Live Encounters Poetry & Writing May 2021
Special edition featuring poets from Australia & New Zealand.
Moya Pacey published her third collection Doggerland with Recent Work Press in 2020. Both of her previous poetry collections Black Tulips (Recent Work Press) and The Wardrobe were shortlisted for the ACT Writers Centre Poetry Award and she published One Last Border (Ginninderra Press) poetry for refugees with Sandra Renew and Hazel Hall. Her poems have been anthologised, and most recently published in Canberra Times, Blue Nib, London Grip, Burrow, Fem Asia, Axon, Cicerone Journal, ARTEMISPoetry UK, Meniscus, Terrain, Silence Anthology (University of Canberra) and longlisted in 2019 for the University of Canberra International Poetry Competition. She is a founding editor of the women’s on-line poetry journal Not Very Quiet. In October 2018, she was Poet in Residence at the Elizabeth Bishop House in Great Village, Nova Scotia, Canada. She has an MA in Creative and Life Writing from Goldsmiths College, University of London.
Fishing with Seamus
Lured by the pull of your voice,
you hook me to the weight
of my father, born in that town
in the gabled house that stood
by the bridge, that arched
the clear waters of his boyhood.
The Moyola river, where he stepped
stones laid for an easy crossing,
or stood on the muddy bank
to flick a line and reel
in a fat, brown trout.
Seamus, you shoal words my way,
like the steady flow of mackerel
running with the tide. I feel,
the tug of the silver harvest,
‘catch my heart off guard,
and blow it wide open.’
‘catch my heart off guard,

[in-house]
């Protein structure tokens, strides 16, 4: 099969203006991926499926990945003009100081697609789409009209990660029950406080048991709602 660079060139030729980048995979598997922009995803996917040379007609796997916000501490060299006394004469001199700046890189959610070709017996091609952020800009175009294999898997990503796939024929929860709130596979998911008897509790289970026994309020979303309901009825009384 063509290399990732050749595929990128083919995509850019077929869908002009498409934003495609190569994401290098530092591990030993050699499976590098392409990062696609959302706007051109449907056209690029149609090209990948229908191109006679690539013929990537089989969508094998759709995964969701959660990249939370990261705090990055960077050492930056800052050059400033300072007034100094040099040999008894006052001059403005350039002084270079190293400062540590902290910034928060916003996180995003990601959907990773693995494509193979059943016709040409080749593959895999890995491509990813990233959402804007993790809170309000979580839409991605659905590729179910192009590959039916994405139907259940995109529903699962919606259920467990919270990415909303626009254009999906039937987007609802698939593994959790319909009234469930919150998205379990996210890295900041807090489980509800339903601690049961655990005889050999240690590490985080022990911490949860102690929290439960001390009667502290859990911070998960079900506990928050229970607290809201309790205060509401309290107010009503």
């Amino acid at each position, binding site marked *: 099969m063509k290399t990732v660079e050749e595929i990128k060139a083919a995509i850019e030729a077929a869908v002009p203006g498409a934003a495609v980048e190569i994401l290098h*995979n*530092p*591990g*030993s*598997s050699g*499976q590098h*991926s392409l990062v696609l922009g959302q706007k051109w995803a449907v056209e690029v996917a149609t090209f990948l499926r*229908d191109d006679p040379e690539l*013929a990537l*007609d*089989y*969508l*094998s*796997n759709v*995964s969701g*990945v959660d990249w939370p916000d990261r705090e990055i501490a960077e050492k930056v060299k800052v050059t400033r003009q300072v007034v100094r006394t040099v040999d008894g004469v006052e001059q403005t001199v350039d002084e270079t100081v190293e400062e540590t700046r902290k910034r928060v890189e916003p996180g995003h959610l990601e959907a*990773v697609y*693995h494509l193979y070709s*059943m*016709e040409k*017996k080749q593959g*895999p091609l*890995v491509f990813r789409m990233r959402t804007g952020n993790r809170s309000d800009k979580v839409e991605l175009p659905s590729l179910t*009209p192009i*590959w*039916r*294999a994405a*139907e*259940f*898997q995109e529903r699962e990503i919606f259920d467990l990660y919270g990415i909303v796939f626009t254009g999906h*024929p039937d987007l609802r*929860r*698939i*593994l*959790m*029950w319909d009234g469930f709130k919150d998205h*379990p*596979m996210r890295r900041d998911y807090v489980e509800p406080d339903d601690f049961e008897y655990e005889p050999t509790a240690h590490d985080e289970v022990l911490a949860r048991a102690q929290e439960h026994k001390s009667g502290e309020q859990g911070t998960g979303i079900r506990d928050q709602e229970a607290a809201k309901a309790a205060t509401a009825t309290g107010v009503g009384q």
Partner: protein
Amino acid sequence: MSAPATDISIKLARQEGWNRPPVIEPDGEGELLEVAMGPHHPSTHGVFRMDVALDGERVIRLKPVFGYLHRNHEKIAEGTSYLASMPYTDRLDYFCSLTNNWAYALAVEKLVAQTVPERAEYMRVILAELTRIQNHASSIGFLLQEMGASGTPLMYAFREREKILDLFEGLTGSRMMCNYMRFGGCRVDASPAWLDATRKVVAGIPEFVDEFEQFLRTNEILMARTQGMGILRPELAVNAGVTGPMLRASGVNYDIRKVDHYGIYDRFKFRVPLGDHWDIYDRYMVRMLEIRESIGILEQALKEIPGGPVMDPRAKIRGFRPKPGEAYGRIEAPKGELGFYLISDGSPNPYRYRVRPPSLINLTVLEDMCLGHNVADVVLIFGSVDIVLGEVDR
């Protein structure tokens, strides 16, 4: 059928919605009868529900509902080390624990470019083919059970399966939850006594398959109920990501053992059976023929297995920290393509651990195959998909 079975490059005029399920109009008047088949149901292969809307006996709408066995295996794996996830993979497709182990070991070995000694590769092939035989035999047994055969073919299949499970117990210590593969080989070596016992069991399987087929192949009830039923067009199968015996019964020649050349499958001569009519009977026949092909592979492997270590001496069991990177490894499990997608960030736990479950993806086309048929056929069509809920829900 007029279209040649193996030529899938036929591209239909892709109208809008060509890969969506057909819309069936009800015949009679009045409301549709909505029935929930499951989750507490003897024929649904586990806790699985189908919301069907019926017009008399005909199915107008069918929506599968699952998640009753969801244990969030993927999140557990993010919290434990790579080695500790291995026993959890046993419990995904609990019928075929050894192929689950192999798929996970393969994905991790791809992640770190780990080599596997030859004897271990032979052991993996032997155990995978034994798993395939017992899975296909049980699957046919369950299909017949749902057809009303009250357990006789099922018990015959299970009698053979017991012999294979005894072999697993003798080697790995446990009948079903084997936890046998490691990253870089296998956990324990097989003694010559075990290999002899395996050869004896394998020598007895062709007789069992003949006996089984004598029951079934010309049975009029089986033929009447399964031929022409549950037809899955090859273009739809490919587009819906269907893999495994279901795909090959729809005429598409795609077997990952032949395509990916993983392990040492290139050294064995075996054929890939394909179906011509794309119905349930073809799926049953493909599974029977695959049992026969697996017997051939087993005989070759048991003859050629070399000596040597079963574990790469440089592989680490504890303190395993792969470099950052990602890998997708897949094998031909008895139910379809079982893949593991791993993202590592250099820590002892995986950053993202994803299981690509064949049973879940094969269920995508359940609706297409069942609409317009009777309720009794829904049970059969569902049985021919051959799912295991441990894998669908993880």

and blow it open.’
–Postscript, Seamus Heaney
When I play Mary in the Christmas Play
I feel lost wearing my gymslip in the playground
without Mary’s blue robe and white veil.
Girls come up to me prodding my puppy fat,
Well, are you?
They say you are.
I don’t know what they mean.
All I know is each night, when I
put on Mary’s clothes, cover my hair,
stand in the spotlight waiting for Gabriel,
the archangel, to give me my cue,
‘Behold the handmaid of the Lord,’
I am Mary soon-to-be the Mother of God.
Twelve years old and a Virgin.
Perfect for the part.
As I place a foot on the first step, I see him
seated on the chair, that moves up and down.
He’s wearing a blue, open-collared shirt, trousers,
ironed with a knife-edged crease from knee
to ankle, stiff white handkerchief in his top pocket.
Hands gripping the arms of the seat. There’s room
for me to walk beside to check he won’t fall.
I wish I didn’t think of this.
I’d rather remember him that Christmas,
standing at the ‘North Star Bar’. Hands
pouring my drink so strong, I tripped
coming down the stairs. I blamed
my two-inch, red, brand-new, platform shoes.
© Moya Pacey